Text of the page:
On the Corner
By Robert Docter –
Bland… how does that word strike you?
It’s sort of like warm milk…food with no flavor…no bite…colors so innocuous as to be almost non-existent. It doesn’t stink and it doesn’t refresh. It’s not moving. It’s not something one necessarily dislikes, but it sure isn’t a turn on. There is nothing exciting about bland. It doesn’t say: “Wake up–get started –move–do something.” It just sort of sits there.
If a person is bland they don’t even rate a label. They’re not nerds, because nerds usually have the reputation of being fairly bright. They might be attractive, but after a few minutes, people tend to walk away and find more stimulating conversation. Maybe the word vapid fits as well as anything. Bland people tend to be boring. They’re dull, flat, unimaginative–definitely uninteresting–kind of empty, tedious, monotonous. They certainly aren’t significant. I don’t find them intriguing.
Well…maybe this column is getting a little bland. I better get to the point.
Is bland a fair description of the Army?
Did I get your attention?
I ask that question because it was a word used to describe the Army by a highly respected newspaper religion writer working on a major metropolitan daily.
He was speaking primarily about the Army’s reluctance these days to confront controversial moral issues in the media. We fight against sin, but when the sin gets identified in a specific way within a community we tend, on too many occasions, to pull back. In fact, if an officer organizes an open-air street meeting outside a porn bookstore we tend to look on that person as a “loose cannon”–or maybe describe that person as an attention seeker.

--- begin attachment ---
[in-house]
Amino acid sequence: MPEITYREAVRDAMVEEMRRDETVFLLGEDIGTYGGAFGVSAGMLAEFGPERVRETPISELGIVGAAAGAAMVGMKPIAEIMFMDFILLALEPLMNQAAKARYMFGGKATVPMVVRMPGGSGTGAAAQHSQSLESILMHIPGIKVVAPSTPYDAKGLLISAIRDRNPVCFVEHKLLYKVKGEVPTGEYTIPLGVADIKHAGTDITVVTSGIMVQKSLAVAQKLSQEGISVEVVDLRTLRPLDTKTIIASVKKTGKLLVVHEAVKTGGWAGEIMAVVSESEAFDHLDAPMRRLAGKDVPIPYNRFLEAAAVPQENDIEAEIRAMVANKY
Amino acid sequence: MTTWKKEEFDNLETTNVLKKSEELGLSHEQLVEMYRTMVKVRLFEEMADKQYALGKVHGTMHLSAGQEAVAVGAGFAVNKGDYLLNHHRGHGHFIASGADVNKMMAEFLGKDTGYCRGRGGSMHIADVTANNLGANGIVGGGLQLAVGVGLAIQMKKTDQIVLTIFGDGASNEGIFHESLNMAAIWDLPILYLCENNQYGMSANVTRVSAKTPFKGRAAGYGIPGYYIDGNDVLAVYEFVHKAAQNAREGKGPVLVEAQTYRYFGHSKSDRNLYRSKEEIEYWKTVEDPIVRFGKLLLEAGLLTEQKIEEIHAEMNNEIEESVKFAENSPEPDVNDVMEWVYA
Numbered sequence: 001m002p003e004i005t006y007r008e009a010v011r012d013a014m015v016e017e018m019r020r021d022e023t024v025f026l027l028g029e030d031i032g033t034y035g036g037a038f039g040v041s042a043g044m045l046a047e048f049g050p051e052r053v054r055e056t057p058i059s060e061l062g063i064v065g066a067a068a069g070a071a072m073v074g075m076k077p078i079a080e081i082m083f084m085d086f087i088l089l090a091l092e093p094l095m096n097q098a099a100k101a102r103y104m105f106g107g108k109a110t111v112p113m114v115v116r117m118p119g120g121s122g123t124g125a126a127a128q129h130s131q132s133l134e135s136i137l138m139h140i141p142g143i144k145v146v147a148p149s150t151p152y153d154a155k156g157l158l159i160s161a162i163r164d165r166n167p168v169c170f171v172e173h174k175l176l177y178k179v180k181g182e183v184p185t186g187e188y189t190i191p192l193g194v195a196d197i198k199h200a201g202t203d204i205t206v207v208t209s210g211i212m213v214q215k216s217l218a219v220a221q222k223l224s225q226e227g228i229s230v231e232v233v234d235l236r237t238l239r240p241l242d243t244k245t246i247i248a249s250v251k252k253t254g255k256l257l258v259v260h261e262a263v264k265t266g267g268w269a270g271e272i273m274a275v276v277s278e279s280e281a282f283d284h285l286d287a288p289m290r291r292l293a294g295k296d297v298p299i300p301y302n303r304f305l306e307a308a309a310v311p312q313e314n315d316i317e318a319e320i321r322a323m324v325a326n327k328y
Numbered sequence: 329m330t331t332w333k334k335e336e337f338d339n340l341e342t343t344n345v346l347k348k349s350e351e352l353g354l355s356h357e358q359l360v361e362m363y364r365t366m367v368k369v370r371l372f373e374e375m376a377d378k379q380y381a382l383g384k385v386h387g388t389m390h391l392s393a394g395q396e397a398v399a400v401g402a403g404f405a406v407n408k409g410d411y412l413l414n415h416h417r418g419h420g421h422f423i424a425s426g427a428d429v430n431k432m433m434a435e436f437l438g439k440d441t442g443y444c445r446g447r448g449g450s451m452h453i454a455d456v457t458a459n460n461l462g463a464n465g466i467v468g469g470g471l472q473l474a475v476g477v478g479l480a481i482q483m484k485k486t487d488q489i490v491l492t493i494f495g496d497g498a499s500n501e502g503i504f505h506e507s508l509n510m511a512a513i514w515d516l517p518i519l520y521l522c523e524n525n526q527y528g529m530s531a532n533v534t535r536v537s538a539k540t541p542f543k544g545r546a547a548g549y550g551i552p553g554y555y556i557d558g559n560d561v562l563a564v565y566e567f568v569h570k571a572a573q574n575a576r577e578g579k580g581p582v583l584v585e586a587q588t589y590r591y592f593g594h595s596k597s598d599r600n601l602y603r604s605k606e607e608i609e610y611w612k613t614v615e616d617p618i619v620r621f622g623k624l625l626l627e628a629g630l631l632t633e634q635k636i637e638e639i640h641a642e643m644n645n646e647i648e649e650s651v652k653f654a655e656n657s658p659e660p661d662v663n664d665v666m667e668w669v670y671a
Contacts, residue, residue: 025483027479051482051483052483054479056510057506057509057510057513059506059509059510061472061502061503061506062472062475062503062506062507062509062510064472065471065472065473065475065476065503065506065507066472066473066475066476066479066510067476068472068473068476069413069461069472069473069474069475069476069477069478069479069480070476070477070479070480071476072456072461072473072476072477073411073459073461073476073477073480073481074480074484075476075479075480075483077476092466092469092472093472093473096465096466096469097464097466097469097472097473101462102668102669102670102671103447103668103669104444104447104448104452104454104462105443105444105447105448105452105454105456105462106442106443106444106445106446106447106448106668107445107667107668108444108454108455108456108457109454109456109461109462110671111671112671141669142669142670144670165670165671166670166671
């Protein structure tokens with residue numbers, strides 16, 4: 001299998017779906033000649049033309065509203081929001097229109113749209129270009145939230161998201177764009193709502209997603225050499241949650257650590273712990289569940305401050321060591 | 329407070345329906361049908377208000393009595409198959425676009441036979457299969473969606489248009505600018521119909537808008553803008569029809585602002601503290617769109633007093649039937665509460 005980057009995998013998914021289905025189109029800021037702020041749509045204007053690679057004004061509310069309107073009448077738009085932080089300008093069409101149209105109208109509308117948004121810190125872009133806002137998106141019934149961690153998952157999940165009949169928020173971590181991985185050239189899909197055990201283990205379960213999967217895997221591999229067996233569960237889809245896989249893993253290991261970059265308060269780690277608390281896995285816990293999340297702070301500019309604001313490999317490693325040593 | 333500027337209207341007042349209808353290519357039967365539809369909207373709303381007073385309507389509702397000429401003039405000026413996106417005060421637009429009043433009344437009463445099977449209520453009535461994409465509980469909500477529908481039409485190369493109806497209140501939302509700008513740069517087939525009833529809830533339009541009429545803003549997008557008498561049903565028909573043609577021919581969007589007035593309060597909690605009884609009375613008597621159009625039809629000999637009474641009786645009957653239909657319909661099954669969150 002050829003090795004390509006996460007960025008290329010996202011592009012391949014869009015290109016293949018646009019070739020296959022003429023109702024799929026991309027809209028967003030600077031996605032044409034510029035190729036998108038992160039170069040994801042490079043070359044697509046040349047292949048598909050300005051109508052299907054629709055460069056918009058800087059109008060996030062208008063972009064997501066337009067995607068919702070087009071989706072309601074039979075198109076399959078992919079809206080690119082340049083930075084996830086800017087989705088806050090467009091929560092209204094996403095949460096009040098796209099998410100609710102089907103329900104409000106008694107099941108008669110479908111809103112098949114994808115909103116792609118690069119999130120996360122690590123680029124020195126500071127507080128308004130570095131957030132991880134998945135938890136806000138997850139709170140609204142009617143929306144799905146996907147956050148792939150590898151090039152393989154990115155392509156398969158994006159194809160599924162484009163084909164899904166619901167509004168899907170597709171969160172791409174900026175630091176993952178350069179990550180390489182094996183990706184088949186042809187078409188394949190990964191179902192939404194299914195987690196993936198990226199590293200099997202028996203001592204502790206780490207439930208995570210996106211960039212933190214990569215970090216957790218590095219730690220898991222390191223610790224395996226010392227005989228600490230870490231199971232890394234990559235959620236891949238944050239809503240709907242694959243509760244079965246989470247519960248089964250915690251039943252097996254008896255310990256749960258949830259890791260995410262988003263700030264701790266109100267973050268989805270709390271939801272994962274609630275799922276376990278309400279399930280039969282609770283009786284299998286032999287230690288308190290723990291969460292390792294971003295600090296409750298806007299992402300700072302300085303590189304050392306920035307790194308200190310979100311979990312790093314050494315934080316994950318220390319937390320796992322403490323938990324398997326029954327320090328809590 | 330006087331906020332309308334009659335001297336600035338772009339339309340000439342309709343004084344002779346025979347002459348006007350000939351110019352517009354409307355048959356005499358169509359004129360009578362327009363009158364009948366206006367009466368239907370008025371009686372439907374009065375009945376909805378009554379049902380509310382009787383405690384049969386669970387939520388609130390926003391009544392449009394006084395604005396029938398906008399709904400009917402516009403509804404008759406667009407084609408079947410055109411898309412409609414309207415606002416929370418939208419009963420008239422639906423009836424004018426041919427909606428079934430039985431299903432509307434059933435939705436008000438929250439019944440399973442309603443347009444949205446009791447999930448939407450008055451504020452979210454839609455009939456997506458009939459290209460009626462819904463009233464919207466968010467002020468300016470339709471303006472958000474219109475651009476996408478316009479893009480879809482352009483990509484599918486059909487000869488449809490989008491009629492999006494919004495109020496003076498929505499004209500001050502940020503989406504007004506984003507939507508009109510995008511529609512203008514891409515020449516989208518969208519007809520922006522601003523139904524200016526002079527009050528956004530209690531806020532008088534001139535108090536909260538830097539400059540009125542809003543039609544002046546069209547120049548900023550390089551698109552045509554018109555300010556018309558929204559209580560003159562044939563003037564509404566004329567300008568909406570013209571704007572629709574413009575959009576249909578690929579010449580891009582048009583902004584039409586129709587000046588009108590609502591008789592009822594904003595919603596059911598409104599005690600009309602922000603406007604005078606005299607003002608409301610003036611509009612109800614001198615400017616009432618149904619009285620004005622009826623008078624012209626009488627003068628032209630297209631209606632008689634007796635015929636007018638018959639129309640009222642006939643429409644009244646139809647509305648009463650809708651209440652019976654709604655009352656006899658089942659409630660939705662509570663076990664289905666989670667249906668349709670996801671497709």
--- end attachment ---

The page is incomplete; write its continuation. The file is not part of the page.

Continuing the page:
If an officer challenges an unfair law through peaceful civil disobedience–like collecting in shopping malls–we tend to be critical. Isn’t a shopping mall a public place? Obviously the owners should have the right to provide “reasonable and prudent” restrictions on what goes on in the mall, but one could argue that instead of being reasonable and prudent they want to limit money distribution to their own cash registers.
The Episcopal Church says it’s okay for same sex couples to marry. I don’t agree with them, and I suspect many Episcopalians don’t either, but they sure aren’t bland–maybe wrong, but not bland. That’s the risk. Confronting controversial issues demands that one take a side. Doing nothing is “bland.”
The Army has a hard time these days taking on the establishment. Maybe they’ve co-opted us. That certainly wasn’t the position of the Founder. When William Booth saw a wrong, he worked to right it. He used all opportunities including doing things which might be applicable these days to “loose cannons”. He was passionate–exciting–significant–committed and public in his work.
But who is “the Army”? When the Founder was going strong there wasn’t any doubt. Now, should any captain in any town be encouraged to do anything on any subject he or she believed to be wrong? Nobody is isolated these days, and if one takes a “strange” position in Hickville, it’s on the tube in Metropolis that night.
I think there is at least one area of concern in which we should act aggressively and consistently. Our constituency is the poor–the world poor.
We must be advocates for the poor–the world poor.
If there is any group disenfranchised, neglected, victimized, dehumanized–we must challenge whatever establishment governs their lives in a positive and productive manner. If there are unfair labor practices, working conditions that diminish, housing standards which breed ill health, we must speak on their behalf.
Awareness is the first stage of change. Significant people make others aware of problems which must be addressed.
Let’s confront blandness in ourselves and be significant in our world.